Wednesday, September 5, 2007

Leadership Conundrum: Transitioning Generational Ministries

The transition from children's ministry to student ministries is largely hitch-free, but those of us who play on the older end of the spectrum (the high school portion of student ministries, college ministry, college/young adult ministry, Gen-X ministry, etc) are encountering the problem of "the gap" more and more frequently.

If you haven't seen it already, look up the research on the church drop-out rate for those graduating from high school. It is alarming.

How do we fix this? Can we?

I have a hard time believing the fix is for the post-student ministry to mimic the approach and methodology of student ministry, unless of course the student ministry of a church is community and discipleship oriented. But in most churches, the student ministry is not.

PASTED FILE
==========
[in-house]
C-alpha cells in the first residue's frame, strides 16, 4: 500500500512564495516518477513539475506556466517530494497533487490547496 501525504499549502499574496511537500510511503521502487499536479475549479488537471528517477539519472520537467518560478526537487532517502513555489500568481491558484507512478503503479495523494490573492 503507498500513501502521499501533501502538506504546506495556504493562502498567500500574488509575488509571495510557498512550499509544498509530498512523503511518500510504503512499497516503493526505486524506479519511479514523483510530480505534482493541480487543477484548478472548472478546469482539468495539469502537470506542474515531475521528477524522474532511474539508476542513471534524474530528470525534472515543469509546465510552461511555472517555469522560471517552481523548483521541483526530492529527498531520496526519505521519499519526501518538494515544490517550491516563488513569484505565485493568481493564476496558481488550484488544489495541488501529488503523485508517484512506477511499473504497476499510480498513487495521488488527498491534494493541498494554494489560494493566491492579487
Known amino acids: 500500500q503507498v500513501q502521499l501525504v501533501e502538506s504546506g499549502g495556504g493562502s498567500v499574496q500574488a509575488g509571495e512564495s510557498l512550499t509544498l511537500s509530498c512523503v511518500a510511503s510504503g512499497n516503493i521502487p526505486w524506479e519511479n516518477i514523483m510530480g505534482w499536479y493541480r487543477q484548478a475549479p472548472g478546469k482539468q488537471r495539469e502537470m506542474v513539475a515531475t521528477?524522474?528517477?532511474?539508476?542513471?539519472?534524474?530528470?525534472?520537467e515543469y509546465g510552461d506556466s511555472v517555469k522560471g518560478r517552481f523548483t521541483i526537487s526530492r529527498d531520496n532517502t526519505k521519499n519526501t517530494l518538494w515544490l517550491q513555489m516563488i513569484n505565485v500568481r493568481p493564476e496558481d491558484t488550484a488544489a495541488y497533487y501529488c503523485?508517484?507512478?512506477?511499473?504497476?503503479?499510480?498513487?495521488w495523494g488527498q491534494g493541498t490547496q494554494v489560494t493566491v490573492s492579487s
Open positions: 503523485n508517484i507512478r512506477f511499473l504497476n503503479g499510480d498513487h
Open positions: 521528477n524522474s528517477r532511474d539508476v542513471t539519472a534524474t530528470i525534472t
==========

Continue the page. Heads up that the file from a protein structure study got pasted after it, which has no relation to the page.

One of the things I talked to my church about when Element was in its formative stages was my conviction that it should not be a "13th grade" ministry, just another stop for students on their way out of the life of the church. We wanted to focus on discipleship and the building of community, something college students and young adults are in desperate need of.

Yet if the value for those things hasn't been cultivated in younger believers at earlier stages in the life of the church, they will likely not suddenly be attracted to those values when graduating from high school. At the same time, if we just give them the values that have been cultivated in them, we will only forestall their exodus and end up losing them anyway.